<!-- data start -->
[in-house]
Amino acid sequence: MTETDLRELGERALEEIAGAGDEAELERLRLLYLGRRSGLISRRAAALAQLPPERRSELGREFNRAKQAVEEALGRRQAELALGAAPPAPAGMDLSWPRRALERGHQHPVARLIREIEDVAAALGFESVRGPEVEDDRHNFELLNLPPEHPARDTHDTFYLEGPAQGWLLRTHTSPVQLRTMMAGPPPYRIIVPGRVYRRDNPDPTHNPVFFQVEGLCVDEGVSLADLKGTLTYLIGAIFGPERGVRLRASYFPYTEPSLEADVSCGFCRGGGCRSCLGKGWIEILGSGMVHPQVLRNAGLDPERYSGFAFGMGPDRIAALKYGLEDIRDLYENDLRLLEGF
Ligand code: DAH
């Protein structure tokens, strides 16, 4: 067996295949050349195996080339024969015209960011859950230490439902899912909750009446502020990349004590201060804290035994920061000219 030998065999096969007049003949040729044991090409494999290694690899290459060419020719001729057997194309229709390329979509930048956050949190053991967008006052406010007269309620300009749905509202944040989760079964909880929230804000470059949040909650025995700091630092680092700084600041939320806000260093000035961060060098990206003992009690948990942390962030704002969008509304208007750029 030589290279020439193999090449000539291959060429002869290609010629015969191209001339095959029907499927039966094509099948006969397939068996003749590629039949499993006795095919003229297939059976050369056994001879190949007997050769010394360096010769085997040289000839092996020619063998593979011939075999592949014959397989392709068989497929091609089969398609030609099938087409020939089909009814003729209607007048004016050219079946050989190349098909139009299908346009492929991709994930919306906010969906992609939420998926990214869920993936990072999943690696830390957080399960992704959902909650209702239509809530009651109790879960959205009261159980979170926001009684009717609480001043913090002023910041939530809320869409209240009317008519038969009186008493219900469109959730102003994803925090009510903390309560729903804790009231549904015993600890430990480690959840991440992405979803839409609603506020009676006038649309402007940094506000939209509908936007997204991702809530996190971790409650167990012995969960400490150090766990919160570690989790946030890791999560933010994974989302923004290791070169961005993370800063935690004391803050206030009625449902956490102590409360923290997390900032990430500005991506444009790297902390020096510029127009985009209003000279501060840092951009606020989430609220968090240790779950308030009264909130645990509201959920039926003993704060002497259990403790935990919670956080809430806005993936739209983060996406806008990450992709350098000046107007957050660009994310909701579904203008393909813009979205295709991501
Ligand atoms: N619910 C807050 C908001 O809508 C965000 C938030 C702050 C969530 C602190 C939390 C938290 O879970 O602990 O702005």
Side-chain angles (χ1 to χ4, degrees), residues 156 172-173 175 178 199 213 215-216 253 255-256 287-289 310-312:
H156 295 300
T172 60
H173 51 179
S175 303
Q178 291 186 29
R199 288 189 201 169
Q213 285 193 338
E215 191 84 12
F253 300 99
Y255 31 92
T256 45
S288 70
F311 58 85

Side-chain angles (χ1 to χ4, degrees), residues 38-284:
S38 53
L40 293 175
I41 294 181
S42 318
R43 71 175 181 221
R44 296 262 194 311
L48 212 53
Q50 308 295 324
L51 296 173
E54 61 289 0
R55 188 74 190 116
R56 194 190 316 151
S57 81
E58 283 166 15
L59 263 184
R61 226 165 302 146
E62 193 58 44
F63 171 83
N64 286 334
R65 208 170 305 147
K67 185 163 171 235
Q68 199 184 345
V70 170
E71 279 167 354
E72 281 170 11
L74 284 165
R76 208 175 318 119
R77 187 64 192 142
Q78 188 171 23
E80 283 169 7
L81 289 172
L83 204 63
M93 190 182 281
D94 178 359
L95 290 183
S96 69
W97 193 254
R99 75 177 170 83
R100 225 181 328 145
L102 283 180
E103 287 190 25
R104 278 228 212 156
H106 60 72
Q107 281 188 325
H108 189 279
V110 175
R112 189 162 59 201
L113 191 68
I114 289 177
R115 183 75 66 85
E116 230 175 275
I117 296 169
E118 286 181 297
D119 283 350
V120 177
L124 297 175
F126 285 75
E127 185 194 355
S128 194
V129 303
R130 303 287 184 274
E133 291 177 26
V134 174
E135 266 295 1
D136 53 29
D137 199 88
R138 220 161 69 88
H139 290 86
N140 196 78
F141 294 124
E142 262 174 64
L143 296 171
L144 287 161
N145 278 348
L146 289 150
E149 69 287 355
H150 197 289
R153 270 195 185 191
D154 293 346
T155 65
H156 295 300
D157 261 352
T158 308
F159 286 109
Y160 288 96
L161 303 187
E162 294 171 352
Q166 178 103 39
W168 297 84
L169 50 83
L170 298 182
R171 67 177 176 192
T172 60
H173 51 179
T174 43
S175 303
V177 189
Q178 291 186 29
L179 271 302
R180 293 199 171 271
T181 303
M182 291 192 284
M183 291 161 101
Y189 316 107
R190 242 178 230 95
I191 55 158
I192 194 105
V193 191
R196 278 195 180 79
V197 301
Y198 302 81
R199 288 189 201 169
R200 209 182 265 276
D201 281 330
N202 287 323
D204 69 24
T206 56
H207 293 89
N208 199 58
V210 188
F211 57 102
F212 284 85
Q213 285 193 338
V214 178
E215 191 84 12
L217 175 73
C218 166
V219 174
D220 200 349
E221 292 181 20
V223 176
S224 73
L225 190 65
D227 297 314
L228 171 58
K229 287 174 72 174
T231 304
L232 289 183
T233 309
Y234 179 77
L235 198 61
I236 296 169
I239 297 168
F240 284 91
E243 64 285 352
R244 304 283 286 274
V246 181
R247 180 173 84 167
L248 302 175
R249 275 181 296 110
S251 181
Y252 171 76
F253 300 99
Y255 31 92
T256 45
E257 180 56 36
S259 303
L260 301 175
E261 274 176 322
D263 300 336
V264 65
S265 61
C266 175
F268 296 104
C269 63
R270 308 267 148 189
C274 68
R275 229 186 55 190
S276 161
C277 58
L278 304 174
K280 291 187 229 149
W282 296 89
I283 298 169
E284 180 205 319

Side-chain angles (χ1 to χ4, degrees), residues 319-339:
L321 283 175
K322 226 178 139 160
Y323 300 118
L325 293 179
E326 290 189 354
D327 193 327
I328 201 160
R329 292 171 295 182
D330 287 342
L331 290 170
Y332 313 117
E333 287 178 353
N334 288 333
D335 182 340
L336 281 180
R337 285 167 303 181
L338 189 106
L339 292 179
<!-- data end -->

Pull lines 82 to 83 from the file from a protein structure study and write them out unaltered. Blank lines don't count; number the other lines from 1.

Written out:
E133 291 177 26
V134 174